Twenty years later, however, in 1693, was born the man who invented the t-rno English pantomime and harlequinade. Joint Rich. Tiie son of a lawyer who Ira el dabbled in theatrical speculation, Rich was the builder and first manager of fovent Carden Theatre. He was perhaps the greatest- harlequin in stage history, and was the first actor to play the part entirely by means of gesture. One of his most famous scenes represented ' The Birth of Harlequin from the Egg-’ Of bis acting in this episode a contemporary wrote that from the first chipping of the egg, his receiving of motion, his feeling of the ground, his standing upright, to Ids quick harlequin trip round the empty shell, through the whole progression, every limb had its tongue, and every motion a voice. So deep was the impression made, by (he pantomimic powers of Rieh that even after his death a “speaking harlequin ” was regarded as an anomaly, a tradition which is preserved in the harlequinade to-day. It was Rich who invented the spectacular effects and transformations which have always been a- mark of the English pantomime. Harlequin became no longer a- clown hot a sorcerer; his mask- was henceforth (he symbol of Ids divisibility. and his stick the wand whereby poor men's cottages were change I to princes’ palaces. The name “Joey.'"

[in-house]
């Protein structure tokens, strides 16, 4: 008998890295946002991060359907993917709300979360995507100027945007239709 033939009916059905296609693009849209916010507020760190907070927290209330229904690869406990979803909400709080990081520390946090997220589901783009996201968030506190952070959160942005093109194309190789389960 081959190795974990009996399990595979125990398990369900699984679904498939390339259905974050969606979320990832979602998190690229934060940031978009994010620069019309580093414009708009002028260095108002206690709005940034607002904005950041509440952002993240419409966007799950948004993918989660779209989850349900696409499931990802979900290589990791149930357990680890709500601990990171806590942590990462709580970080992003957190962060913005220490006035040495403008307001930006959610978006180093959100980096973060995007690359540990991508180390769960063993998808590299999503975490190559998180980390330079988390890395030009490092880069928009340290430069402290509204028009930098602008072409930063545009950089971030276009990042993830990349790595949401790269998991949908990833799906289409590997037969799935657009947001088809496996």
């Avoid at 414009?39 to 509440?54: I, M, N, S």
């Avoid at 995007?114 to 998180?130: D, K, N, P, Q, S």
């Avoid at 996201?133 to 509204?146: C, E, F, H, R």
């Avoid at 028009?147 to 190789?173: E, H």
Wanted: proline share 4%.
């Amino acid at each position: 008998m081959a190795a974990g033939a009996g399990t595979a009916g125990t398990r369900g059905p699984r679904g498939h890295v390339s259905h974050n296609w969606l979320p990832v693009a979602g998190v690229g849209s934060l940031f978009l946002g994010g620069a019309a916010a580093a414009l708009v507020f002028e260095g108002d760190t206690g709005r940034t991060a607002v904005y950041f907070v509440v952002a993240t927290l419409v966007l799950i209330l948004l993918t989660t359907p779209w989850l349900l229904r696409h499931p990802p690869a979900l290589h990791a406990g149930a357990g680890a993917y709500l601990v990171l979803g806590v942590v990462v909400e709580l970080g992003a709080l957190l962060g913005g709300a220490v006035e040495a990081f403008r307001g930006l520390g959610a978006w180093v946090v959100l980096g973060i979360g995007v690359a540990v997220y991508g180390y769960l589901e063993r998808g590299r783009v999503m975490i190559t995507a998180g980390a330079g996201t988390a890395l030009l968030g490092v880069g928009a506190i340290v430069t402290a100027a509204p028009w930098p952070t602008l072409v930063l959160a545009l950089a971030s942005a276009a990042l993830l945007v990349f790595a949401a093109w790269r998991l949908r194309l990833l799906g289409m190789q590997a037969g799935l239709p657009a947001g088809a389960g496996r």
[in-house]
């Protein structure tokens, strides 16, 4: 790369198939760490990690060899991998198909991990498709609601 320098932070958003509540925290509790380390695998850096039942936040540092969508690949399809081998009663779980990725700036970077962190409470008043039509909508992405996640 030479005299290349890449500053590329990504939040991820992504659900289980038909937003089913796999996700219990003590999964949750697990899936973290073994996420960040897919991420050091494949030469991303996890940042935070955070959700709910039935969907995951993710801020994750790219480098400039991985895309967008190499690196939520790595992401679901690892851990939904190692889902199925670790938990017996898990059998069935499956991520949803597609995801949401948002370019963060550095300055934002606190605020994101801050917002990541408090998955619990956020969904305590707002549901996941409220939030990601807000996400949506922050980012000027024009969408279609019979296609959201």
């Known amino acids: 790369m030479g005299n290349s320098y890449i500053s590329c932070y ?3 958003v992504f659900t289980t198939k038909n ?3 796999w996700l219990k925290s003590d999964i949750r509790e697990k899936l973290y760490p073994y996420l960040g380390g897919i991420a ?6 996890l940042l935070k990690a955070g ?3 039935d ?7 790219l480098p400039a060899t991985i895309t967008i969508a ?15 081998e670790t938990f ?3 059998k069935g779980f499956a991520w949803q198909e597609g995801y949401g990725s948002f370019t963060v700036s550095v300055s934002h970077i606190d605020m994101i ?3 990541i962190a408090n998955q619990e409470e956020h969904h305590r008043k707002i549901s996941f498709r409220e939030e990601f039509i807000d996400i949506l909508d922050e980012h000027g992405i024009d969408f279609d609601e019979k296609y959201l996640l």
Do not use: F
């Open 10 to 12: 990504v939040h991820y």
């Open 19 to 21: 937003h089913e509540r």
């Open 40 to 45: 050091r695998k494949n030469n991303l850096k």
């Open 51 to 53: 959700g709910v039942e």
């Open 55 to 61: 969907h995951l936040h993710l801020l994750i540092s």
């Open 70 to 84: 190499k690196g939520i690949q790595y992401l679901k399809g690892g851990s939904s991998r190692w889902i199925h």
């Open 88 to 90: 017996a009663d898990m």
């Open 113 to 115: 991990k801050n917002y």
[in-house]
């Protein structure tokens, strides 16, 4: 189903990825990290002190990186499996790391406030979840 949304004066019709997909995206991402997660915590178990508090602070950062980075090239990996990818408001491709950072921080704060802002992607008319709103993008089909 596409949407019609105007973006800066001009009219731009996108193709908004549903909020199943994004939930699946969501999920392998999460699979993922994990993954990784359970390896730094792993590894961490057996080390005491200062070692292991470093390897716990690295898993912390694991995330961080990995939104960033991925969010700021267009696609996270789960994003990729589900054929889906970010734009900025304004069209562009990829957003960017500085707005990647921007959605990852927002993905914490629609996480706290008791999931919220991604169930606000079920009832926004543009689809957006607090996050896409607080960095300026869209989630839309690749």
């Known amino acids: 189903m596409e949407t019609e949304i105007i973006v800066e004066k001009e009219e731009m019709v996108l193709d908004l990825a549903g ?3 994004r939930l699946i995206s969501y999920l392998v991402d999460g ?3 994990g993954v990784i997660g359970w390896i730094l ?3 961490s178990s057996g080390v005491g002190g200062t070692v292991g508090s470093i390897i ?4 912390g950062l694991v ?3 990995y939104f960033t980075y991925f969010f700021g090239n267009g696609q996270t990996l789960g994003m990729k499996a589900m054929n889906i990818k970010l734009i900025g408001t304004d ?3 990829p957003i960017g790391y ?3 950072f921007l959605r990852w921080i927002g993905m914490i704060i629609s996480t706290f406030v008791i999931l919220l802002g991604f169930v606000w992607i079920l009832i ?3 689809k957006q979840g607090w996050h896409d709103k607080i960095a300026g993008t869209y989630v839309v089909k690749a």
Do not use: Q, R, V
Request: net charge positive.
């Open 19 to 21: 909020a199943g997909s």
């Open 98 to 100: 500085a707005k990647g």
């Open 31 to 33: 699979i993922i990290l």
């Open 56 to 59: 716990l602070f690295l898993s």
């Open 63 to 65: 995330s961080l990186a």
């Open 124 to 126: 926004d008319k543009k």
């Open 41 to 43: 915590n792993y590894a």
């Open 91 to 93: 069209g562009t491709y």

by which tilt' clown frill) f to ln-> called, was of oiur.-o tlt a t of tin; gi'oil .Joseph lliimahli, whoso memoirs (1778-1857) were edit i-ci by Charles Dickens mu!rr his pseudonym of ‘ Boz.' He was the son of an Italian ballet-master, and was not onh. a clown, a comic singer, and a Imnbi. r. but also (outside the (‘hrislmas season I a swordsman and a tragic mime of the highest order. F.clmund Kean, himself a harlequin in his youth, confessed that he had learnt several things from Grimaldi’s pantominm in tragic scenes. The groat (down's life was a series of disasters. Ilia wife, whom he had won after a most romantic wooing, died almost immediately alter the marriage; his sun became, through an accident, a dangerous maniac; his health early collapsed" through continuous overwork, for ho had been on the stage CVtT Mfiro lu; was three years old, and he wins compelled in old age to live, in e.xlrenut indigence, on a small pension allowed him from the Drury’ Kane Theatrical Fund. The terrible ‘ Stroller's Talc' in “'The Pickwick Papers' was probably suggested to the author bv the tragedy of Grimaldi's son.